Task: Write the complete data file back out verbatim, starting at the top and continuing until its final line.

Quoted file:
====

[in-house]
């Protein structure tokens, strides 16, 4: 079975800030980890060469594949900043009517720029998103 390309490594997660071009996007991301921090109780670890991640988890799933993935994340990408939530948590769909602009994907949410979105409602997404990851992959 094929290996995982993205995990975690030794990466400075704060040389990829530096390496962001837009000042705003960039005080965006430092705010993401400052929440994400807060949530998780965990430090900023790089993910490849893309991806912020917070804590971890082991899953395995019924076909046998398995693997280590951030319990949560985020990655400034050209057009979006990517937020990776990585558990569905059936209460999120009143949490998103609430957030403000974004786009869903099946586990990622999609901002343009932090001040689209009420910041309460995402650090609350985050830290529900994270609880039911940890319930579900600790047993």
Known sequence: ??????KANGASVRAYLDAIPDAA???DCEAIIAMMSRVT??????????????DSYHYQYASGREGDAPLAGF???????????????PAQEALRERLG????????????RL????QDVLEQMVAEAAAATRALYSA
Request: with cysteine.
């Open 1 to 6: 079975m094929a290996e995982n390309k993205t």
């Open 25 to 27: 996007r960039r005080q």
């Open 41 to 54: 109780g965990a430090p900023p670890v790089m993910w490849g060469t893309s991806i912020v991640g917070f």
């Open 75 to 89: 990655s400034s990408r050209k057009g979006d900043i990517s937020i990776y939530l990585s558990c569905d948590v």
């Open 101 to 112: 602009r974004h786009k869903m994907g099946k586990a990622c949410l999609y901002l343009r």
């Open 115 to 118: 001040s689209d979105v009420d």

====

[in-house]
């Protein structure tokens, strides 16, 4: 079975800030980890060469594949900043009517720029998103 390309490594997660071009996007991301921090109780670890991640988890799933993935994340990408939530948590769909602009994907949410979105409602997404990851992959 094929290996995982993205995990975690030794990466400075704060040389990829530096390496962001837009000042705003960039005080965006430092705010993401400052929440994400807060949530998780965990430090900023790089993910490849893309991806912020917070804590971890082991899953395995019924076909046998398995693997280590951030319990949560985020990655400034050209057009979006990517937020990776990585558990569905059936209460999120009143949490998103609430957030403000974004786009869903099946586990990622999609901002343009932090001040689209009420910041309460995402650090609350985050830290529900994270609880039911940890319930579900600790047993």
Known sequence: ??????KANGASVRAYLDAIPDAA???DCEAIIAMMSRVT??????????????DSYHYQYASGREGDAPLAGF???????????????PAQEALRERLG????????????RL????QDVLEQMVAEAAAATRALYSA
Request: with cysteine.
């Open 1 to 6: 079975m094929a290996e995982n390309k993205t």
């Open 25 to 27: 996007r960039r005080q």
């Open 41 to 54: 109780g965990a430090p900023p670890v790089m993910w490849g060469t893309s991806i912020v991640g917070f």
């Open 75 to 89: 990655s400034s990408r050209k057009g979006d900043i990517s937020i990776y939530l990585s558990c569905d948590v």
């Open 101 to 112: 602009r974004h786009k869903m994907g099946k586990a990622c949410l999609y901002l343009r």
């Open 115 to 118: 001040s689209d979105v009420d």